Cisco's Big Bash

Cisco Systems Inc. (Nasdaq: CSCO) haters now have more reasons to rage at the networking industry's most feared monster, courtesy of Heavy Reading. HR's "2003 Telecom Equipment Market Perception Study," released September 24, shows that Cisco now dominates the service provider consciousness like no other telecom equipment supplier.

Minutes after Light Reading posted notice of Cisco's victory in the survey, the LR message board was peppered with volleys aimed mostly at the hapless winner (with a few directed at Heavy Reading, of course). One recurring theme: Cisco can't be seen as the top vendor in telecom, because, well, everybody knows Cisco's products, prices, and customer service just aren't that good.

Well, Messrs. Know-It-All, a big chunk of the carrier world thinks otherwise. A total of 770 service provider employees participated in the HR survey, in which they offered their perceptions of the telecom equipment market only in those product categories with which they claimed to be familiar. For the 20 (of 22) categories in which Cisco offers a product, an average of about 30 percent of those carrier employees said they consider Cisco's products to be the top performers in their class. And an average of more than 40 percent believe Cisco is best at service and support.

Granted, neither 30 nor 40 percent constitutes a majority, even by recent presidential election standards. But Cisco's aggregate market perception ratings for price, performance, service and support, and quality and reliability were more than double its closest big competitor, Nortel Networks Corp. (NYSE/Toronto: NT). This is the same Nortel that, along with Lucent Technologies Inc. (NYSE: LU), essentially dismissed Cisco as an enterprise-class rube just a couple of years ago. (Looking at the survey results for Lucent, you can almost hear the carrier market collectively roll its eyes at how mediocre that company is now perceived to be.)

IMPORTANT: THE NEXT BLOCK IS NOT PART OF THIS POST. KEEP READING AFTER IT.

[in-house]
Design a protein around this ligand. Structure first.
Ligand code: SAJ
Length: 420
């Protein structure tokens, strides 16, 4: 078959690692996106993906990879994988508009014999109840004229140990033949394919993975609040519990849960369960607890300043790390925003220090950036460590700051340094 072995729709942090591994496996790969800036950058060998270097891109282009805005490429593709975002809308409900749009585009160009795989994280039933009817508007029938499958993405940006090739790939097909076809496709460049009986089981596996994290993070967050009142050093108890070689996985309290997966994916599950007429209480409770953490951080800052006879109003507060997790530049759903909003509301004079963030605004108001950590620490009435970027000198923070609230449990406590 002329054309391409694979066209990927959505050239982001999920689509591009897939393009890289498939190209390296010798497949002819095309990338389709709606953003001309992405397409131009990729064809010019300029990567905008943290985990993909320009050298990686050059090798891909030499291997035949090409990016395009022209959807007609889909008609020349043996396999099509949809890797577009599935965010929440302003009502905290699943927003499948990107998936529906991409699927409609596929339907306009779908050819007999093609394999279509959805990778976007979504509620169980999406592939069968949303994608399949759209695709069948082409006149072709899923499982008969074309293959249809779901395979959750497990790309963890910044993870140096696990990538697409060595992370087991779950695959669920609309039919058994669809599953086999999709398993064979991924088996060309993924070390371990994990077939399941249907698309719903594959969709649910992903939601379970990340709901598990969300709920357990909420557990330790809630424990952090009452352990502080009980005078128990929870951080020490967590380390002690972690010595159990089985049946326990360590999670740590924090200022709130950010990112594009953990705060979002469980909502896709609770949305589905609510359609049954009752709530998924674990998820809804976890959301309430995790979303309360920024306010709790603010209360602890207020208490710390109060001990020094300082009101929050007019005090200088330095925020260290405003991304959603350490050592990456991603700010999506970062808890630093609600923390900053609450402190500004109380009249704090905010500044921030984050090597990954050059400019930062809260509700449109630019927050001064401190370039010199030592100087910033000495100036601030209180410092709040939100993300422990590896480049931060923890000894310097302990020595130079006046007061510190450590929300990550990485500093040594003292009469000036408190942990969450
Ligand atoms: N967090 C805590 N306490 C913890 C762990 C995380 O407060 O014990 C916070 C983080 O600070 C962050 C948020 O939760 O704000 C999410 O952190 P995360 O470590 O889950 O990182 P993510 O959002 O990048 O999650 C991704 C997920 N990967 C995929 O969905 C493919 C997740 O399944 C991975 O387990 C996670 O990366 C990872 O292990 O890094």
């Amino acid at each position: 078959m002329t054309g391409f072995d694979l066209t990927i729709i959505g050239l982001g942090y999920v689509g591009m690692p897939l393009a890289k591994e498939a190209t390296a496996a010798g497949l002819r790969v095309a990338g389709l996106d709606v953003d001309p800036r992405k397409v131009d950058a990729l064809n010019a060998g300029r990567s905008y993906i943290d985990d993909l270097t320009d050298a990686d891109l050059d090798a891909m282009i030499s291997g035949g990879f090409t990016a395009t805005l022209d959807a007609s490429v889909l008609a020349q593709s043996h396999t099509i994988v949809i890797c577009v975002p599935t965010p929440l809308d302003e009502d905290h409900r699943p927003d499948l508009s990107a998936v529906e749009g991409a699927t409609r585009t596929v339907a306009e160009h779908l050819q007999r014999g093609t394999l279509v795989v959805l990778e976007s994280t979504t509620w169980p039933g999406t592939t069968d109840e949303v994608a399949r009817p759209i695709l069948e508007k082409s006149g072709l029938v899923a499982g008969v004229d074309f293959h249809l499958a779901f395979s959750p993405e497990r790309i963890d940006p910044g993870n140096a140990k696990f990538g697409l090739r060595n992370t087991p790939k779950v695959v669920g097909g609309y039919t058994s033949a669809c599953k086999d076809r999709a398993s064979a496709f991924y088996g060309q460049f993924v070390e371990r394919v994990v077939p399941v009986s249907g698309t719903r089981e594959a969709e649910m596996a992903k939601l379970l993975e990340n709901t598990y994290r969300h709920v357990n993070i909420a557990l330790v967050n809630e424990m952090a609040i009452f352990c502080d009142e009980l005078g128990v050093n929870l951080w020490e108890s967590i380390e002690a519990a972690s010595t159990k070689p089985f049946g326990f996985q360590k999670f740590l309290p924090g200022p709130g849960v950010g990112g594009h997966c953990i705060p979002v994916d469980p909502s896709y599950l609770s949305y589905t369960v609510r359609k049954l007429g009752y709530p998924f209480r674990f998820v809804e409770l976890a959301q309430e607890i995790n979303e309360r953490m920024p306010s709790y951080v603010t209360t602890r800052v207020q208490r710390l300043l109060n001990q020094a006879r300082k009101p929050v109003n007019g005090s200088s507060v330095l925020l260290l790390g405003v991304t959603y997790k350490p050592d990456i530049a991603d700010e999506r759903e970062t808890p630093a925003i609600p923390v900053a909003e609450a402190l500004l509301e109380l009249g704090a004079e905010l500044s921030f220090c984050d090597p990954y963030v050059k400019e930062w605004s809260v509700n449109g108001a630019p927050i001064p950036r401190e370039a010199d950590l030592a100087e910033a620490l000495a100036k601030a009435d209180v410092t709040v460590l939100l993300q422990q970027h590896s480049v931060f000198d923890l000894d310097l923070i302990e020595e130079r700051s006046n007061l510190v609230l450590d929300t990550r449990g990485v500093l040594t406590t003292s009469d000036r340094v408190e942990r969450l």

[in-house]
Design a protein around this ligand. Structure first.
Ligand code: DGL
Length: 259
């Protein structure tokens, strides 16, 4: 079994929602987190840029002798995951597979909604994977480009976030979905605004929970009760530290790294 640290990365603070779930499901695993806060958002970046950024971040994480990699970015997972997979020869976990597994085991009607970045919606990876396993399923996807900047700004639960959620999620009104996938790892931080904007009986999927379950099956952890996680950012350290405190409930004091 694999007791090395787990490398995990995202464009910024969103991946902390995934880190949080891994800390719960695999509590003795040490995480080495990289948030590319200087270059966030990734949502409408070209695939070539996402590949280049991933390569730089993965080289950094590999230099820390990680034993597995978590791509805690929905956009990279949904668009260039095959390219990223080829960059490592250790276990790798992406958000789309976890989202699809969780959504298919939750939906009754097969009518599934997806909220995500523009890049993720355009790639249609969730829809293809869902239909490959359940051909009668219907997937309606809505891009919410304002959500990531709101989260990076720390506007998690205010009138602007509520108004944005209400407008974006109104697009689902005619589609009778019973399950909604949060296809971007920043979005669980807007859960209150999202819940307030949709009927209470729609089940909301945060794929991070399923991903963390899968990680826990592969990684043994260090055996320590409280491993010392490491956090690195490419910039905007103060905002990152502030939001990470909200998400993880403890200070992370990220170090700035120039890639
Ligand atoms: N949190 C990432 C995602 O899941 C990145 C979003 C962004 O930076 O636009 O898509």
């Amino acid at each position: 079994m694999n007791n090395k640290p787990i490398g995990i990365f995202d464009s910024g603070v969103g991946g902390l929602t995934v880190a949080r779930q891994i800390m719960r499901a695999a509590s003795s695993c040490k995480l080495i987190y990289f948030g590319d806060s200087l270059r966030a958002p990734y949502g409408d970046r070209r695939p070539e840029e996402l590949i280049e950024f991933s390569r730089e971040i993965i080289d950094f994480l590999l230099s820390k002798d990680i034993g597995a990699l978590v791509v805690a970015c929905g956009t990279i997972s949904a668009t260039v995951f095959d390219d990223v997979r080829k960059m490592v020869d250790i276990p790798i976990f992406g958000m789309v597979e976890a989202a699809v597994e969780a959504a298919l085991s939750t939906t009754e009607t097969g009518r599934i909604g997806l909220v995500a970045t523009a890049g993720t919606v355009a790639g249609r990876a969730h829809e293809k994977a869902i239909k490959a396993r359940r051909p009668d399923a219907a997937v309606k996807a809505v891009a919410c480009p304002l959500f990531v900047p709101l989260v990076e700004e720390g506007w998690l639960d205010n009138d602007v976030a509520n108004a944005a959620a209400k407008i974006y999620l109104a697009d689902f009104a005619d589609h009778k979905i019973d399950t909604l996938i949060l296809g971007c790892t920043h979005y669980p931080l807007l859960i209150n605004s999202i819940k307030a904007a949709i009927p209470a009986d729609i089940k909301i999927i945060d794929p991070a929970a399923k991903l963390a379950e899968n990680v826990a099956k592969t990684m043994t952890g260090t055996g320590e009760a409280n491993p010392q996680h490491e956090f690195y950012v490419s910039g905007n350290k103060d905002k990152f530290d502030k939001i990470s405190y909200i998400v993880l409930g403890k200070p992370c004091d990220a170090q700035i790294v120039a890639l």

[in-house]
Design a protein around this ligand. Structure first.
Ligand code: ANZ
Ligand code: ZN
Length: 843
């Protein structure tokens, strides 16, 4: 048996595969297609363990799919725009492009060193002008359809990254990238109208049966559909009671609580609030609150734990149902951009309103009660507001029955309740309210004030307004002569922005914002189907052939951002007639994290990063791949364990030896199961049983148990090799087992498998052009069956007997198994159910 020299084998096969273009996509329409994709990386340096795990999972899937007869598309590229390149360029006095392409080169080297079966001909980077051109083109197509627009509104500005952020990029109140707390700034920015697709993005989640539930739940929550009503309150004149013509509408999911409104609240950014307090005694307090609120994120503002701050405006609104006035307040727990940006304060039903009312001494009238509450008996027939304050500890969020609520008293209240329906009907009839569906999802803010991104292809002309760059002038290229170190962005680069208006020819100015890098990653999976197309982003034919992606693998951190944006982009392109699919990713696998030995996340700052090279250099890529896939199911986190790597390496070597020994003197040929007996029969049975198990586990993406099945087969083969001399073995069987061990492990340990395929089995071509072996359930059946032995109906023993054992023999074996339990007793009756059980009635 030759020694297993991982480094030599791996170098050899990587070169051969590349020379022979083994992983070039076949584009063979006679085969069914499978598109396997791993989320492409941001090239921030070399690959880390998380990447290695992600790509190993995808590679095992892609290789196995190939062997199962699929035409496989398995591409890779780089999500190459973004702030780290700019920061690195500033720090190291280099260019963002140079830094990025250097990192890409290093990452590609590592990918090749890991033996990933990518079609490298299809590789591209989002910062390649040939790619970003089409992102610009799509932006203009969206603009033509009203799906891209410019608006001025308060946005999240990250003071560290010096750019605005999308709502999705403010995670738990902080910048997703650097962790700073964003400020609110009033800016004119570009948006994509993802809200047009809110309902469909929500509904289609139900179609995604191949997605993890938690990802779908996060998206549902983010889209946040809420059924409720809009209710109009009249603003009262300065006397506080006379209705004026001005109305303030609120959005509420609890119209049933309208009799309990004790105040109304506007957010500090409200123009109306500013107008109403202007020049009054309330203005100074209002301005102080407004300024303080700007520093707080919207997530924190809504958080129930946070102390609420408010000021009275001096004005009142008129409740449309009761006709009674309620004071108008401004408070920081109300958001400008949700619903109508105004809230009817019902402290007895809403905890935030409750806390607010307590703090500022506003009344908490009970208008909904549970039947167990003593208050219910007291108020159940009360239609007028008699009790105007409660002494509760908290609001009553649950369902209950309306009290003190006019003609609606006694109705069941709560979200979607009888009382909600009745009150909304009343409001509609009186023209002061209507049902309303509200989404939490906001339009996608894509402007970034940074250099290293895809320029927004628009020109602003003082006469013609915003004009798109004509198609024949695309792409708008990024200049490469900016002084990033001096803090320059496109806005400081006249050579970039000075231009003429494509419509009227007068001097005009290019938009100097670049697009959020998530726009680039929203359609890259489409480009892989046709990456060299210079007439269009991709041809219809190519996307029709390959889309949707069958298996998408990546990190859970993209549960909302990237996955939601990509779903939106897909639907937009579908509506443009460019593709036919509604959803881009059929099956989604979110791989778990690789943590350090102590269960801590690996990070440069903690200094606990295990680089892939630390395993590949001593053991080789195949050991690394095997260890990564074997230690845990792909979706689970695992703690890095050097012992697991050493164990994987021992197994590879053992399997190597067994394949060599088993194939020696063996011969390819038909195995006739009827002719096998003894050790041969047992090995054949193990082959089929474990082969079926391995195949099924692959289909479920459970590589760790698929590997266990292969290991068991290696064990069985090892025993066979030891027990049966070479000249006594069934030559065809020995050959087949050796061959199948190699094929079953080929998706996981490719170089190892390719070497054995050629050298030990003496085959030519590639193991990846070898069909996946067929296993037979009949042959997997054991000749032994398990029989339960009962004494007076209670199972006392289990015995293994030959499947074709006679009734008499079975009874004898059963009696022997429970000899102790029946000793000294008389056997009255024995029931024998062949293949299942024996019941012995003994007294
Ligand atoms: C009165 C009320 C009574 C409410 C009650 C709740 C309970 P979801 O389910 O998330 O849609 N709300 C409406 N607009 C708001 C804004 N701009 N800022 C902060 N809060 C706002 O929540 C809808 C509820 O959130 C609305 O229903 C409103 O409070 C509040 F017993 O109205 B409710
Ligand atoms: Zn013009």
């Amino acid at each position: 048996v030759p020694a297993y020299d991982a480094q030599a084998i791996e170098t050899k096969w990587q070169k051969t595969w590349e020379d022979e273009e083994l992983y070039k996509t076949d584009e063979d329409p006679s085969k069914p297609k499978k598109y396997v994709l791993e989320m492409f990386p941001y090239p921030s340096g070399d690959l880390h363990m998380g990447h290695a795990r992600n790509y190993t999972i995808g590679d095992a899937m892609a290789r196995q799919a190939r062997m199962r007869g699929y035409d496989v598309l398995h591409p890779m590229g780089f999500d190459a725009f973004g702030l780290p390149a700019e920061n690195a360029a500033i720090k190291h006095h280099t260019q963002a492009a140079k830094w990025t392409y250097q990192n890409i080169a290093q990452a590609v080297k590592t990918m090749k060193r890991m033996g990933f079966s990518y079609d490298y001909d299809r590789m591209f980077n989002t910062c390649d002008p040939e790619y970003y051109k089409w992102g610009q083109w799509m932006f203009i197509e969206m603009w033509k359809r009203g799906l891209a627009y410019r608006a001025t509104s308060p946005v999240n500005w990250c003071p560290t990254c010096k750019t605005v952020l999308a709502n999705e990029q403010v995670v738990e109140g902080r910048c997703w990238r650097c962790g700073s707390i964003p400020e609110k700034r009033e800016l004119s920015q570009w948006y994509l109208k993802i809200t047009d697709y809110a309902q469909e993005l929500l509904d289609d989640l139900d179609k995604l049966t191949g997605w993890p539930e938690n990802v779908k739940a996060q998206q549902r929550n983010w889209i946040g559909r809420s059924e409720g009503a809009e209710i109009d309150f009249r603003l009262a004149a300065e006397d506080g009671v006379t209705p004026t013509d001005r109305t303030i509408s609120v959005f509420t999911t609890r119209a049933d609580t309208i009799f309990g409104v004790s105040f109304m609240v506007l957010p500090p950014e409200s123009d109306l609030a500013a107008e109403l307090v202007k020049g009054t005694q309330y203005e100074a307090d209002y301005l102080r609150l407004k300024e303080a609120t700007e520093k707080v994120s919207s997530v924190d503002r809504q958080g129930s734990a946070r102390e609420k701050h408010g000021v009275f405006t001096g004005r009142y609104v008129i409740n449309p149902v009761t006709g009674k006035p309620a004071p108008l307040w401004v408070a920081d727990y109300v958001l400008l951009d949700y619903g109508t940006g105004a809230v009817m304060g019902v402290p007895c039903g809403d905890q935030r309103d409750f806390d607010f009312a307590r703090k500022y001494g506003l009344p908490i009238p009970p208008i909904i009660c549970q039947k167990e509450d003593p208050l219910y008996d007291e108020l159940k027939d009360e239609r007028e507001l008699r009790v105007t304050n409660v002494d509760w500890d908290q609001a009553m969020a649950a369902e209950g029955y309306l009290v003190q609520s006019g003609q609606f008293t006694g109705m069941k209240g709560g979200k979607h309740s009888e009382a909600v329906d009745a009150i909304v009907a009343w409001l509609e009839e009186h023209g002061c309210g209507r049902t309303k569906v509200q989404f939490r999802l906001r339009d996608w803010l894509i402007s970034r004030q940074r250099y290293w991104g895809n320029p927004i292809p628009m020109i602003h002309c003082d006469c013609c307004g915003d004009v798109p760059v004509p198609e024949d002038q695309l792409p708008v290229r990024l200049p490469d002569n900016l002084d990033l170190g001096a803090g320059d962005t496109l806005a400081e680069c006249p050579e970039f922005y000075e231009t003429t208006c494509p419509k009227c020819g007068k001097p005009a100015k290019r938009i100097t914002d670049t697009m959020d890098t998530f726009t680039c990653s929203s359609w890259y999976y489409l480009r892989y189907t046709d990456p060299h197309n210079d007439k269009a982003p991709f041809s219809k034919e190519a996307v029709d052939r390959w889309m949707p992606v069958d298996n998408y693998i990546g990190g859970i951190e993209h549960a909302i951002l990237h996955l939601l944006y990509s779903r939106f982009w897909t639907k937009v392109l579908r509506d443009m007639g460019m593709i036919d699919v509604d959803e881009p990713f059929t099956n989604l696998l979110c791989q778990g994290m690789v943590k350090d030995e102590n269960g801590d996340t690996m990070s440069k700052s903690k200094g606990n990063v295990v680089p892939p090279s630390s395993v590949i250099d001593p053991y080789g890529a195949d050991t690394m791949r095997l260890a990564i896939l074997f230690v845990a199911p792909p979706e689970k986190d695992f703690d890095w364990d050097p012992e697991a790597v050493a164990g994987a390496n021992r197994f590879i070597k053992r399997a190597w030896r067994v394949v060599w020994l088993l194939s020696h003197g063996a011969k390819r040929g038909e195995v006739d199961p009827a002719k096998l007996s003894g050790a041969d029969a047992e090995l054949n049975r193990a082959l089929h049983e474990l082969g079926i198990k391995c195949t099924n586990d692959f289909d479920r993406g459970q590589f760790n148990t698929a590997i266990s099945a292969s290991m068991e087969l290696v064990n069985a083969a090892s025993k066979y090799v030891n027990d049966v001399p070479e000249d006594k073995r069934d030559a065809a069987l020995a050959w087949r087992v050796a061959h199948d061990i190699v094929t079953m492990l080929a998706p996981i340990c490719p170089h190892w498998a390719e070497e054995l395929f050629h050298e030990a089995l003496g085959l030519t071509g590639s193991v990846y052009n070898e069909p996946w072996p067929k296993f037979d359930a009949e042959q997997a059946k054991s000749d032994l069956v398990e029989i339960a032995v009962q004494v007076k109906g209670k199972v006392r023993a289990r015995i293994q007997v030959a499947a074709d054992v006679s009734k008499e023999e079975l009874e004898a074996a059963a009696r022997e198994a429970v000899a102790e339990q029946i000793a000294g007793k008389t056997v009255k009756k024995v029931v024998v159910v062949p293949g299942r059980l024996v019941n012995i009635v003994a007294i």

By the way, this isn't only the perception of corporate managers. In fact, technical staffers – employees in the engineering, operations, and planning departments of service providers – often gave Cisco even higher marks for market leadership than the suits did. In the 10-Gbit/s Ethernet switch category, for instance, Cisco received a performance leadership mark of 27.3 percent from corporate managers. Its performance rating from technicians: 46.8 percent.

What do 770 service provider employees really know about the state of the telecom equipment market? That question isn't nearly as important as, "What do they think they know?" And the answer to that one is loud and clear: They think Cisco is the leading equipment supplier in the marketplace.

That's the reality that confronts the other 303 vendors whose market perceptions were measured in the survey. For most of those vendors, the news is not good. More often than not, their prospective customers don't even know they offer products. And many don't register in their customers' consciousness beyond basic name recognition.

Sure, Cisco's ability to bludgeon customers with its marketing messages accounts for a large part of its big perception advantage – and that's precisely the point. Brand recognition is the surest way to get on an RFP shortlist. Judging from the survey results, Cisco now has that aura of invincibility that will make it the "safe bet" for carrier purchasers.

No doubt, implied intimidation – the well-worn FUD factor – complements that aura. But so what? Back in the technology Stone Age, IBM dominated the corporate computing market in large part because, as the saying went, "Nobody ever got fired for buying IBM." During that time, dozens of would-be competitors developed products that were better and cheaper than what IBM was doling out. It didn’t matter – until buyers perceived IBM to be a doddering relic.

That change in perception took about 30 years to take place. Our survey suggests that perceptions in the service provider market change much faster than that in the light-speed Telecommunications Age (just ask any Lucent employee). And that's about the only comfort that Cisco bashers can take away from the report.

— Dennis Mendyk, Analyst at Large, Heavy Reading

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